Sunday, February 14, 2016

Mini (Key) Lime Tarts

The groundhog has spoken- spring is nearing quickly!! Citrus is a staple in my house during spring and summer.  I'll buy 4-5 different types of oranges and everyone creates their perfect orange juice blend.  I'll buy grapefruit 10 pounds at a time and they'll be gone in a few days between grapefruit curd, juice, and breakfast.  Lemons become lemonade and lemon curd. But limes? Limes are reserved for key lime pie (and occasionally a chicken marinade). My entire family LOVES key lime pie. Loves it.  And no, I don't mean the pastel green, sickly sweet, lime gelatin flavored pie you find in the frozen food section.  I mean real key lime. Being this far north, key limes are extremely hard to come by. When I can find them, they should be renamed rock limes- so old that they're mostly brown and rock hard. That's ok though.  I'm resourceful.  By subbing out a bit of regular lime juice for that of clementine or tangerine (those miniature easy peeling kid-friendly snack oranges)- you get really really close to authentic key lime flavor.  So that's what we're going to do here. 

Juice 1 pound of limes and 1 small clementine (or tangerine). Stir in the zest from 2 limes and set it off to the side. 

In the bowl of your food processor, process the graham crackers until fine. Add the 1/4 cup sugar and zest from 1 lime and process again.  Mix in your butter until thoroughly combined.  With graham crackers- look for the honey variety. They are SO much better than the original!  If you have a food processor, use that for the crumbs. It isn't necessary but does make a uniform crust that packs nicely. If you don't- make sure your graham cracker crumbs are really finely crushed and stir everything together in a bowl. 

Divide the crust mix between 12 lined standard cupcake/muffin cups. Lining them isn't absolutely required but does make removal exponentially easier. Take a glass that is slightly smaller than your cupcake liner and pack the crumbs down. Bake them in a 350F for 10 minutes.  They will puff up and you will be scared you messed up.  Don't be scared- they'll settle back down as they cool. 

While the crusts are baking, you'll have just enough time to make the filling. Convenient! Mix the sweetened condensed milk with your egg yolks. (Farmer plug- check out how awesomely orange our free range eggs are!!!)

Add the juice and zest from earlier.  As you stir it will thicken quickly.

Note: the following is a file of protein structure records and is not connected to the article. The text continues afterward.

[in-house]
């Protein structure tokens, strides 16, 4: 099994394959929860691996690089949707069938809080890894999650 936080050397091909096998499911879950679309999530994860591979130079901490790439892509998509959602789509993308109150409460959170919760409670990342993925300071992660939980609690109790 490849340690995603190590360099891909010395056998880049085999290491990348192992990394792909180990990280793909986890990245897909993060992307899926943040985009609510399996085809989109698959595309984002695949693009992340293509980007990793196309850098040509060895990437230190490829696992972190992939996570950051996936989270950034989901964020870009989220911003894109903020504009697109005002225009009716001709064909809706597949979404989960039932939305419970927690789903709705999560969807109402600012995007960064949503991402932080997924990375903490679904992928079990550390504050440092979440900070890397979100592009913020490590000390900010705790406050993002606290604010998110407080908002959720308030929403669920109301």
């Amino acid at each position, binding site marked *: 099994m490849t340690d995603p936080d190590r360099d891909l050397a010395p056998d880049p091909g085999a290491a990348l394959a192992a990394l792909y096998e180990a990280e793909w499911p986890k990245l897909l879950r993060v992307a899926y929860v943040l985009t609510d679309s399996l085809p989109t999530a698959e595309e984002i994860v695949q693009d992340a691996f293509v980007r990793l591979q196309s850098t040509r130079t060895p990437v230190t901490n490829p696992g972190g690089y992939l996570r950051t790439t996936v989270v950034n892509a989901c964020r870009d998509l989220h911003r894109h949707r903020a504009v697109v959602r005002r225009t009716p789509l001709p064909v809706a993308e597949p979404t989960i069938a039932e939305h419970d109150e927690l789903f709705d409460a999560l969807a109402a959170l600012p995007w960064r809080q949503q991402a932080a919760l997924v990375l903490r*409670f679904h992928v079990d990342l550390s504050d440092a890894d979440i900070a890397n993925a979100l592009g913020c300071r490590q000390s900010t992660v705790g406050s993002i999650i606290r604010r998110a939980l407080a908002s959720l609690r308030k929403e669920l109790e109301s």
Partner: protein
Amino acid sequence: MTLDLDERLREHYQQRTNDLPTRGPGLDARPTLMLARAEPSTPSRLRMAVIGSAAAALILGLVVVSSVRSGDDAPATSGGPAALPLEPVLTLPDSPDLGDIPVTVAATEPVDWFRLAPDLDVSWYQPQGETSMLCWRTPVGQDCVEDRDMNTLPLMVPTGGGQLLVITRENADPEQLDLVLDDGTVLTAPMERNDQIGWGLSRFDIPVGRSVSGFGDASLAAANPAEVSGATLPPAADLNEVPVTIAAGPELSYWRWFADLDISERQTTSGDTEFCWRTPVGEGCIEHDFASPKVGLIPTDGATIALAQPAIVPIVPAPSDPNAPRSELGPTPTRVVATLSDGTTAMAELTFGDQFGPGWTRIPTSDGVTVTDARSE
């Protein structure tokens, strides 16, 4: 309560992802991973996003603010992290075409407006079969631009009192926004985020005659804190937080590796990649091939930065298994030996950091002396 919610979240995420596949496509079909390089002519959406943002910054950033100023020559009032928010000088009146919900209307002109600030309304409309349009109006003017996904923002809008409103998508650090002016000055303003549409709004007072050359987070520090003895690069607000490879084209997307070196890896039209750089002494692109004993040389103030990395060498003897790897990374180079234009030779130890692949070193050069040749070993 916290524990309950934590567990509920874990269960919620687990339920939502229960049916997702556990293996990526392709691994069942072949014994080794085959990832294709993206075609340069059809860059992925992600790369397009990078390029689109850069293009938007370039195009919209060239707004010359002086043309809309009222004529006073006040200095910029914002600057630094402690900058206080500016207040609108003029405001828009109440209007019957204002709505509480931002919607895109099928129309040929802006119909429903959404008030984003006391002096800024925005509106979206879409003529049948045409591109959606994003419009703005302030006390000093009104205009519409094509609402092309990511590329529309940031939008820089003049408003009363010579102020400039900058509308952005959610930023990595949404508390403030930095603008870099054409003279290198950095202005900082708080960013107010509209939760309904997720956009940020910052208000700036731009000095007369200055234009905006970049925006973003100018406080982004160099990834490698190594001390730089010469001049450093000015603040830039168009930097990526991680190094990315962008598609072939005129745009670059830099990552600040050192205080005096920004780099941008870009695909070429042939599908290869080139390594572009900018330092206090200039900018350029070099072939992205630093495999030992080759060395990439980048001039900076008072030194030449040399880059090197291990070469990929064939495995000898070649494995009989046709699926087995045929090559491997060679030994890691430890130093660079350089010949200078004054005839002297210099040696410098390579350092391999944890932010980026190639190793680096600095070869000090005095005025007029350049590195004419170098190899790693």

Pour over your mostly cooled graham crusts.  It's ok if the crusts are still a bit warm. Bake for 15 minutes at 350F. 

Here's how they'll look after baking- notice they aren't green. Lime pie isn't green- it should be a yellowish color. 
Also see the little flecks of zest in the tarts- it adds a nice punch of flavor. 

Once they cool to room temperature, refrigerate then for an hour.  This really lets the flavor get better.  As they cool the liners will separate from the tart a bit- makes for easier eating.  Pop them out of their liners and enjoy!! 

1 1/4 cup honey graham cracker crumbs 
1/4 cup sugar
zest from one lime
5 tablespoons salted butter (you may use margarine or coconut oil here)

Combine the crumbs, sugar, and lime zest.  Mix in the melted butter until everything is evenly moist.
Take the crumbs and divide them as equally as you can into a a standard cupcake pan lined with cupcake liners. Using a cup that approximately fits the bottom of the tin, push the crumbs down to the bottom. 
Bake in a 350F degree oven for about 10 minutes. Allow to cool.

2 egg yolks
1 can sweetened condensed milk ( fat-free or low-fat work just fine)
1/2 cup lime juice (the equivalent of one pound of limes)
1 clementine or tangerine worth of juice (2-3 Tablespoons)
Zest of 2 limes (just the green, no white pith)

Mix the condensed milk and egg yolks together until combined. Add both of the juices and zest. Stir to combine. It will thicken up almost instantly.

Pour batter into each graham cracker cup until 3/4 full. Cook at 350F for 15 minutes. Cool and chill in the fridge for about an hour. The citrus juice will cause the cupcake liners to peel away a bit, for aesthetics you can remove these before serving. Keep leftovers in a sealed container for up to 4 days in the fridge. 

Sunday, February 7, 2016

The BEST Super Rich Chocolate Frosting

Those who know me personally, KNOW I'm a baker. I bake constantly- and that isn't an understatement. One of my most requested frostings is dark chocolate. Today, to celebrate 25,000 views on my blog, I'm giving you all that recipe!!! 
A condensed version can be found at the very bottom of this page. ENJOY!! :) 

Here goes- melt 1.5 sticks (12 tablespoons) salted butter. You can sub in margarine for the butter if you must. Put the melted butter and 1 cup of cocoa powder in the bowl of your mixer. (If you use a hand mixer, be aware this can get messy as it flies all over the place. You've been warned...) Beat on low until it looks like grainy ganache. 

Once you get to the grainy ganache phase take the speed up a few notches and whip until it looks like fudge! If you lick it, it'll taste bitter and weird. Don't let your eyes fool you. You aren't to the lick the beaters phase yet. You're getting there though- stay with me. 

Now toss in 2 cups of powdered sugar and mix on the lowest possible setting so that you don't blow 2 cups of powdered sugar 15 feet in every direction. 

It will look like snow covered dirt balls. Congrats, you did it correctly! 

Now pour in your ½ cup of milk and mix until it looks like grainy ganache again. This will take a couple minutes.